Lisa’s blood smears on the buttons of Dean’s cellphone as his shaking fingers try to push the right ones. It’s the best thing he can do for Ben. He can’t let him stay with her body ‘til morning if he’s too shaken to get to the phone.
“Nine-one-one, what’s your emergency?” asks a voice on the other end.
“There’s been an acc—” No. It was not an accident. “There’s been a murder,” he corrects.
His eyes move from Ben’s heaving form to Lisa, spread on the floor like a big, white-and-red rag doll that he’s leaving for the cops to clean up.
What a poetic ending to Dean’s little love story. The only ending he was ever gonna get, isn’t it?
“I—I murdered her.”
He gives them the address and pockets his phone. He’s got ten, maybe fifteen minutes of a head start. Maybe less. He needs to get moving if he doesn’t want to get caught. He has to flee his own fucking crime scene like it’s some damn hit and run.
He has to leave Ben. Leave Lisa.
They deserved so much better.
And Dean deserves prison. He deserves a guillotin. Maybe that’s why his legs fail to move. Maybe that’s why he’s stuck where he stands, unable to tear his eyes away from Lisa’s dead stare.
Until Ben’s snarled words don’t steal his attention, his face twisted with rightful wrath.
“I swear I’m gonna find you and kill you.”
Ben means it, Dean’s got no doubt about it. And it’s not the kill part that worries him, not really. Dean’ll be long, long dead by then. But Dean’s seen revenge, seen where that path leads and it’s ugly. Blood on Ben’s hands, hollowness in his heart—that’s the last thing Dean ever wanted for the kid.
But he’s already got blood on his hands and it’s all Dean’s fault.
“Don’t go down that road,” Dean pleads, but Ben won’t listen, of course he won’t. “I’m sorry, I’m so sorry.”
What else can he say?
And just like that, Dean leaves the love of his life dead on the floor, the distraught kid he once called his son by her side. He leaves everything that was worth living for, everything he destroyed.
And he runs.
He doesn’t get to drive far before the sirens pass by him. They’re not even that loud. Not when the sweet, sweet taste of Lisa’s blood subdues every other sensation. Well, he sure understands vampires a whole lot better now.
He forces his foot to stay on the gas pedal. He can’t stop now. Though everything inside him tell him to stop, to turn around. To see if they’re taking good care of Ben. If they’re gentle with Lisa.
But turning around would mean getting caught, and for Dean, prison, would mean never getting what he deserves for what he’s done.
So he drives. And drives, until the adrenaline wears off. And then it hits him, really hits him what he’s done. And then it’s too much and all at once.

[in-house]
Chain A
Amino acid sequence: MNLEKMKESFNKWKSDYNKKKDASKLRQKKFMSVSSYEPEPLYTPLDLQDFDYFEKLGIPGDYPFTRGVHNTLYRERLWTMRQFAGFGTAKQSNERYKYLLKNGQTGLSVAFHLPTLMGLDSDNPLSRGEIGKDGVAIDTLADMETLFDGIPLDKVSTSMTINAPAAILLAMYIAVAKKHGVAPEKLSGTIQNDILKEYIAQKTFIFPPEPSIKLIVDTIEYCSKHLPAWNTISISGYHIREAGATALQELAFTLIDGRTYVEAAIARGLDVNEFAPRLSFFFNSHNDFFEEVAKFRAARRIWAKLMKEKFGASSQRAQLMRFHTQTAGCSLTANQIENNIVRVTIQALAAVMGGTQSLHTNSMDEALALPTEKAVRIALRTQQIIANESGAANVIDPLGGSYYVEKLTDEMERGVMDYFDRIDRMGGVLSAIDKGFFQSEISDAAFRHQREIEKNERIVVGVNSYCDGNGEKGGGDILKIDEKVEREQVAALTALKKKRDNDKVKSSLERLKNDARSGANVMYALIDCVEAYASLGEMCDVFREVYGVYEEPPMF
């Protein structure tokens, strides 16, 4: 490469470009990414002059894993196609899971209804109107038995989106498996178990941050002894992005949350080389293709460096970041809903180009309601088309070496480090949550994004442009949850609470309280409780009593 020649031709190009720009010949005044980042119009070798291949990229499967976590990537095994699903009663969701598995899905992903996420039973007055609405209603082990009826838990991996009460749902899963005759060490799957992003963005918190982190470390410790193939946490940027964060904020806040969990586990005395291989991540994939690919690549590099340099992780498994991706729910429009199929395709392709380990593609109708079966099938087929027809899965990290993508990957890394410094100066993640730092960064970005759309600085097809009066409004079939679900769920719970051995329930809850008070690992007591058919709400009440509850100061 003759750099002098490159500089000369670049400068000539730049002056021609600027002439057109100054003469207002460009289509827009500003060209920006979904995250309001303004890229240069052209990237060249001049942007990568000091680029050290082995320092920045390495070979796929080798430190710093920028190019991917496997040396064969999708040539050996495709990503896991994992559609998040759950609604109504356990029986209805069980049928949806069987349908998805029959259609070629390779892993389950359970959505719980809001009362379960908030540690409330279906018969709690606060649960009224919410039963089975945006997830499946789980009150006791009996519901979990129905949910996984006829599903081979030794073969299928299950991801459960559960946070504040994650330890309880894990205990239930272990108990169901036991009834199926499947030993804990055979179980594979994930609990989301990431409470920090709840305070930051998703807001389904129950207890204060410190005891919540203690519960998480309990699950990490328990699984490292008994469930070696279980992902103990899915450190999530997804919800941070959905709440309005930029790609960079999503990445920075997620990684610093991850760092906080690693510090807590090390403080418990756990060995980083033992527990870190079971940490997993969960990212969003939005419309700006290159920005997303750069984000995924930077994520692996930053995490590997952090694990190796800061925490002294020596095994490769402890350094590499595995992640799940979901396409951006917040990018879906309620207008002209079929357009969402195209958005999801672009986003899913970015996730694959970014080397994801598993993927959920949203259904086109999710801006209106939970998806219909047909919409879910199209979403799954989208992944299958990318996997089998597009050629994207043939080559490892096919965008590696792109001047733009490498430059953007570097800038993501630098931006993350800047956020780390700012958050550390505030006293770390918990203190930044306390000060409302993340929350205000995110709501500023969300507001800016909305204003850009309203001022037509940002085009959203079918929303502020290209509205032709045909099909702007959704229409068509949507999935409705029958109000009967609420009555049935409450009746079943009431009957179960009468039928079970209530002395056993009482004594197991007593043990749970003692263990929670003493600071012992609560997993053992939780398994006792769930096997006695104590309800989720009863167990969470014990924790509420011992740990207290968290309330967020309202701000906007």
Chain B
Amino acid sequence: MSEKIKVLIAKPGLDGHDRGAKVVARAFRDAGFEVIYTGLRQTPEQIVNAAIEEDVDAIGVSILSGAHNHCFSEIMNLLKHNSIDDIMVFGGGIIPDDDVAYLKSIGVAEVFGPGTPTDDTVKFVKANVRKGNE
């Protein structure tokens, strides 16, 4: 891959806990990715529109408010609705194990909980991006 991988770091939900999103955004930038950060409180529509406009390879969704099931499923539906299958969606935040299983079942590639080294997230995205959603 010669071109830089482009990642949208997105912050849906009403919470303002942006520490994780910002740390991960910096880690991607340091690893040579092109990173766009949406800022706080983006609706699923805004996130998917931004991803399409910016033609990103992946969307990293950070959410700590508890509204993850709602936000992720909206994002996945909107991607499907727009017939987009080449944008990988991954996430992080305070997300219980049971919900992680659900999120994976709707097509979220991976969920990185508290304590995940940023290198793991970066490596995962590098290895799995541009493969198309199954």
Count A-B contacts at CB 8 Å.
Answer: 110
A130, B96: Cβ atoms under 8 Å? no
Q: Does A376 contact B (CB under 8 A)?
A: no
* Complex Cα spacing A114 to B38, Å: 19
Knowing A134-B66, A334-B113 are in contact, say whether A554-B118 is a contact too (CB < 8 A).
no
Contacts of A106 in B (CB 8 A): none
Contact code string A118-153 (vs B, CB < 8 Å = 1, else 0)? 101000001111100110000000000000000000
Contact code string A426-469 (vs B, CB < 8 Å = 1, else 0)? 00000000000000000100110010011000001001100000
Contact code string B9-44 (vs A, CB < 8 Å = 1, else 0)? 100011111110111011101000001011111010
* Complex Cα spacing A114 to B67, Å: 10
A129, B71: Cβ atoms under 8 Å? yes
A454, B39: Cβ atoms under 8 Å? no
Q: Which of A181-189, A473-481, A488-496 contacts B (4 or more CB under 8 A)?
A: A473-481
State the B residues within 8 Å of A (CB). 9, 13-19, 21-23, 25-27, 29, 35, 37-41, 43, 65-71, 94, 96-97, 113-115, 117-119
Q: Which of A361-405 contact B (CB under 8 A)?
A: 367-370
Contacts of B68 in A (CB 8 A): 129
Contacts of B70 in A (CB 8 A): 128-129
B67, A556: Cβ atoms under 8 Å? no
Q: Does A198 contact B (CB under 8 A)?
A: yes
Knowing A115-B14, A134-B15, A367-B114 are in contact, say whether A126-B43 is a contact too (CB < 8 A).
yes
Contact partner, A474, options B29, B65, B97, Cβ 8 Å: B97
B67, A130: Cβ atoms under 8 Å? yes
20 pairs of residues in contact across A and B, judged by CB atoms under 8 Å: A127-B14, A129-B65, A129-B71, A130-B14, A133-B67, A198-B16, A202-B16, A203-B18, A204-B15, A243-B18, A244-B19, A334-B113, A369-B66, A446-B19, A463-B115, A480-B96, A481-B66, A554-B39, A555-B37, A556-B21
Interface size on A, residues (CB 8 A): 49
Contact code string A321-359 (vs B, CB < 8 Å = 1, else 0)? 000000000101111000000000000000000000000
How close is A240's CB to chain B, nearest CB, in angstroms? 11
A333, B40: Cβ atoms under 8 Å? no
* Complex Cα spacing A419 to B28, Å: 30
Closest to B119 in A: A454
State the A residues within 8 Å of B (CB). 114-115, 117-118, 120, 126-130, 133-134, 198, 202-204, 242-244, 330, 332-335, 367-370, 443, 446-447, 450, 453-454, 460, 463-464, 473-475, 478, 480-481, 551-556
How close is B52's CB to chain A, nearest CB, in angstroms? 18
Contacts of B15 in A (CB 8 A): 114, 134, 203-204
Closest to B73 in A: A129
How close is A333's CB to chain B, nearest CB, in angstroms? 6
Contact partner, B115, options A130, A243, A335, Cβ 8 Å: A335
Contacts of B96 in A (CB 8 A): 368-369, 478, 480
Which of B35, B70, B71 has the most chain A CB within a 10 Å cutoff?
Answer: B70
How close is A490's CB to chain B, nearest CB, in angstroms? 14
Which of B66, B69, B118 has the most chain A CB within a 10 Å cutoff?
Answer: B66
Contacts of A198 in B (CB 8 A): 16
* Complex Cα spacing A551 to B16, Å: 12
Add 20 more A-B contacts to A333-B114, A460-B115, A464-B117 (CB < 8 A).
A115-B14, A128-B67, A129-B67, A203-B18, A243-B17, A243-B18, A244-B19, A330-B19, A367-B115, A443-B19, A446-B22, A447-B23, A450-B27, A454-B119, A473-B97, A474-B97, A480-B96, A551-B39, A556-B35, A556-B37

He killed Lisa.
The weight constricts his chest, has him gasping for air, as his hands squeeze the wheel. The tears well up and well up and pour out of his eyes, his vision blurred, the lights of coming cars turn into streaks.
And his stomach revolts—his stomach filled with Lisa’s blood.
The gravel grinds and scatters under the wheels, as the car swerves into the byway and stops. Dean spills out of the seat and onto the ground, barely makes it to the side of the road before hurling. His fingers twist into long grass as the blood, the bile, the chunks of his last human meal come out in violent bursts.
He stays there until his stomach’s empty, until every last ounce of blood he stole from Lisa leaves his body. As if that could reverse what he’s done and bring Lisa back to life.
But it can’t, of course. It’s done, he murdered her.
His transformation’s complete; he’s a monster.
And as he finally wipes his mouth and gets up, the agonizing realization knocks him back down to his knees.
He’ll never get to come home to her. He’ll never get to see her smile or the wrinkle in her brow when she’s angry at him. He’ll never get to bury his nose in her hair as they fall asleep, never hear her sing along to the radio as she irons clothes, her hips swaying to the rhythm.
He’ll have to go on, in a world without her, even if it’s just for another hour, another night.
He’d give everything to bring her back. He’d give everything for another day with her.
And, oh God, maybe he can. Maybe there’s still a way to fix everything? More impossible things have happened.
With his back pressed against the Impala, sitting on the cold, cold ground, Dean folds his palms in a prayer, his eyes lifted desperately to the High Heavens.
“Cas, you hear me? I fucked up big time, I—I need you to bring Lisa back. Please. I’ll do anything, just come down here and bring her back.”
He prays and he prays until his voice goes hoarse from crying, until his tears dry up, until all the words wash into a whispered litany of bring her back bring her back bring her back .
But as Dean finally manages to get himself together, Lisa’s still as dead as she was.
And Cas never comes.